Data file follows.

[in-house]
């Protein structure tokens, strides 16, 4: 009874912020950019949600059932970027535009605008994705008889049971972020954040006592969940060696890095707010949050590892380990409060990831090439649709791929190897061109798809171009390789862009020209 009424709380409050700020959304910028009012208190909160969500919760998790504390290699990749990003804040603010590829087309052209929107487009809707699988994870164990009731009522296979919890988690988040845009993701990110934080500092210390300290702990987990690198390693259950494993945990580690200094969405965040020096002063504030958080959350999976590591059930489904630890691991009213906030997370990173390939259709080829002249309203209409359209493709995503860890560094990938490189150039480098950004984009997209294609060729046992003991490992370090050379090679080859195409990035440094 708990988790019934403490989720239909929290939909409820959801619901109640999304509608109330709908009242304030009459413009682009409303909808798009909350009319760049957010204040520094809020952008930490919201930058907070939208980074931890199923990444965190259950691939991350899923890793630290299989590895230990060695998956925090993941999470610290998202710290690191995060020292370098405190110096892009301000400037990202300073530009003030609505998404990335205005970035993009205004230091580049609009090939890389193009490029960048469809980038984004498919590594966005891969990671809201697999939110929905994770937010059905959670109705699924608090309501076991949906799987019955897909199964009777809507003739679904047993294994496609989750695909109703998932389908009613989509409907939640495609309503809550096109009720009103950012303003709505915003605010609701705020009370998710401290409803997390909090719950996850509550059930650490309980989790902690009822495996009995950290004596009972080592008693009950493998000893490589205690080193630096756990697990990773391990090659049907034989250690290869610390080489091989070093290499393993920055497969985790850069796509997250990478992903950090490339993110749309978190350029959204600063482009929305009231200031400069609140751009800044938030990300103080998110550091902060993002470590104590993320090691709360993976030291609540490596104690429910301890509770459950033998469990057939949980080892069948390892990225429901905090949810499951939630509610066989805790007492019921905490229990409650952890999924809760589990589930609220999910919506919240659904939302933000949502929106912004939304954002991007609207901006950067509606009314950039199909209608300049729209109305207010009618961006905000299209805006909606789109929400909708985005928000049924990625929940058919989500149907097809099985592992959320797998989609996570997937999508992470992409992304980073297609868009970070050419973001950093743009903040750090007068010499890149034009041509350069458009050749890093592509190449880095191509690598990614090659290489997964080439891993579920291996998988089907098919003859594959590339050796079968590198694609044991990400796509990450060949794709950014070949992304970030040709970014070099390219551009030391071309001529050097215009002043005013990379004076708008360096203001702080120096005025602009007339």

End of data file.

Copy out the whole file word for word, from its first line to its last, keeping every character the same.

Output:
[in-house]
């Protein structure tokens, strides 16, 4: 009874912020950019949600059932970027535009605008994705008889049971972020954040006592969940060696890095707010949050590892380990409060990831090439649709791929190897061109798809171009390789862009020209 009424709380409050700020959304910028009012208190909160969500919760998790504390290699990749990003804040603010590829087309052209929107487009809707699988994870164990009731009522296979919890988690988040845009993701990110934080500092210390300290702990987990690198390693259950494993945990580690200094969405965040020096002063504030958080959350999976590591059930489904630890691991009213906030997370990173390939259709080829002249309203209409359209493709995503860890560094990938490189150039480098950004984009997209294609060729046992003991490992370090050379090679080859195409990035440094 708990988790019934403490989720239909929290939909409820959801619901109640999304509608109330709908009242304030009459413009682009409303909808798009909350009319760049957010204040520094809020952008930490919201930058907070939208980074931890199923990444965190259950691939991350899923890793630290299989590895230990060695998956925090993941999470610290998202710290690191995060020292370098405190110096892009301000400037990202300073530009003030609505998404990335205005970035993009205004230091580049609009090939890389193009490029960048469809980038984004498919590594966005891969990671809201697999939110929905994770937010059905959670109705699924608090309501076991949906799987019955897909199964009777809507003739679904047993294994496609989750695909109703998932389908009613989509409907939640495609309503809550096109009720009103950012303003709505915003605010609701705020009370998710401290409803997390909090719950996850509550059930650490309980989790902690009822495996009995950290004596009972080592008693009950493998000893490589205690080193630096756990697990990773391990090659049907034989250690290869610390080489091989070093290499393993920055497969985790850069796509997250990478992903950090490339993110749309978190350029959204600063482009929305009231200031400069609140751009800044938030990300103080998110550091902060993002470590104590993320090691709360993976030291609540490596104690429910301890509770459950033998469990057939949980080892069948390892990225429901905090949810499951939630509610066989805790007492019921905490229990409650952890999924809760589990589930609220999910919506919240659904939302933000949502929106912004939304954002991007609207901006950067509606009314950039199909209608300049729209109305207010009618961006905000299209805006909606789109929400909708985005928000049924990625929940058919989500149907097809099985592992959320797998989609996570997937999508992470992409992304980073297609868009970070050419973001950093743009903040750090007068010499890149034009041509350069458009050749890093592509190449880095191509690598990614090659290489997964080439891993579920291996998988089907098919003859594959590339050796079968590198694609044991990400796509990450060949794709950014070949992304970030040709970014070099390219551009030391071309001529050097215009002043005013990379004076708008360096203001702080120096005025602009007339």